William Cullen Bryant

(November 3, 1794 – June 12, 1878 / Boston)

The Twenty-Second Of December - Poem by William Cullen Bryant

Wild was the day; the wintry sea
Moaned sadly on New-England's strand,
When first the thoughtful and the free,
Our fathers, trod the desert land.

They little thought how pure a light,
With years, should gather round that day;
How love should keep their memories bright,
How wide a realm their sons should sway.

Green are their bays; but greener still
Shall round their spreading fame be wreathed,
And regions, now untrod, shall thrill
With reverence when their names are breathed.

Till where the sun, with softer fires,
Looks on the vast Pacific's sleep,
The children of the pilgrim sires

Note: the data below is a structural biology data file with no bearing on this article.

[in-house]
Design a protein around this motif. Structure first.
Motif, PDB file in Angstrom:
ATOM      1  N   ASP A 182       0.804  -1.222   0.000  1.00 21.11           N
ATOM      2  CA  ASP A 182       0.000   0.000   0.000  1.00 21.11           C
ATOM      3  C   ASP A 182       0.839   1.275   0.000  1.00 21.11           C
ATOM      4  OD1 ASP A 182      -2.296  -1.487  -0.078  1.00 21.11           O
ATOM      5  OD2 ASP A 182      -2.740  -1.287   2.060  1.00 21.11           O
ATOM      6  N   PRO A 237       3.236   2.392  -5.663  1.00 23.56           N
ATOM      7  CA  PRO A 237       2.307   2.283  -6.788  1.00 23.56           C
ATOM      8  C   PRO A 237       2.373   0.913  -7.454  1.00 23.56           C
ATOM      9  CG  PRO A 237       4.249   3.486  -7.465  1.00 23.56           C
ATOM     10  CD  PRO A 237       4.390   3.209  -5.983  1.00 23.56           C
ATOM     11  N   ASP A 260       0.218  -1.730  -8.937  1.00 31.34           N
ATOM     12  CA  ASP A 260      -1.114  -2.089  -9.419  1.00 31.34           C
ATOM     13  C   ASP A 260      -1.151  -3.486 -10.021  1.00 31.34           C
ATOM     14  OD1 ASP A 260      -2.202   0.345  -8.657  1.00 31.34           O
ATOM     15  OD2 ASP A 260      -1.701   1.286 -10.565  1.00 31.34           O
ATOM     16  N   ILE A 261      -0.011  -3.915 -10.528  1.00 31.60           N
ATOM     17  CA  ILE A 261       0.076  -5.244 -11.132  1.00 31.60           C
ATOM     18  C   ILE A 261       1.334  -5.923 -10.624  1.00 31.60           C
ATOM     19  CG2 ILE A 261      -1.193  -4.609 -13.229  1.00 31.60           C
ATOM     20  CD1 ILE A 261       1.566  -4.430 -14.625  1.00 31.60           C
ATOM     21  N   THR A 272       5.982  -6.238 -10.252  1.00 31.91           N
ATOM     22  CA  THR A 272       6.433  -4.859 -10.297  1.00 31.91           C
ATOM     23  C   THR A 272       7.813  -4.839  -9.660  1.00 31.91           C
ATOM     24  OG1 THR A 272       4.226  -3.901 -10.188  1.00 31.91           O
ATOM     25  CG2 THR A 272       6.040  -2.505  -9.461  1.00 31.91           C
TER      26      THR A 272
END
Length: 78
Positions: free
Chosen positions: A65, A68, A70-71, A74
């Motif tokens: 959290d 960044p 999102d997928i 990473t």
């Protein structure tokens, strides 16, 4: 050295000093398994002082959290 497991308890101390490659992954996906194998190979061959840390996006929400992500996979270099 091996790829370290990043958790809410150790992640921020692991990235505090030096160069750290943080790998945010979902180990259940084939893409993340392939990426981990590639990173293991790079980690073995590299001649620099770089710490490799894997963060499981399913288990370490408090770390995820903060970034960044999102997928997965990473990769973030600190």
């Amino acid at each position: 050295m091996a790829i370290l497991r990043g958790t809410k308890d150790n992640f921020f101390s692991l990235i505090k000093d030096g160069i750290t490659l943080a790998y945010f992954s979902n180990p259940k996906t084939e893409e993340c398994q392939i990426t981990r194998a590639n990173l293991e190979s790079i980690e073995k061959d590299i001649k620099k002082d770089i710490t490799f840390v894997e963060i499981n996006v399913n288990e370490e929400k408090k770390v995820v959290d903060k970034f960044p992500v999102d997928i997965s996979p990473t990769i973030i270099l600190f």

This hallowed day like us shall keep.

Comments about The Twenty-Second Of December by William Cullen Bryant

  • Rookie - 184 Points Brian Jani (5/16/2014 5:37:00 PM)

    Cullen Amazing showcase of poetry, keep it up (Report) Reply

    0 person liked.
    0 person did not like.
Read all 1 comments »

Read this poem in other languages

This poem has not been translated into any other language yet.

I would like to translate this poem »

word flags

What do you think this poem is about?

Poem Submitted: Monday, April 5, 2010

[Hata Bildir]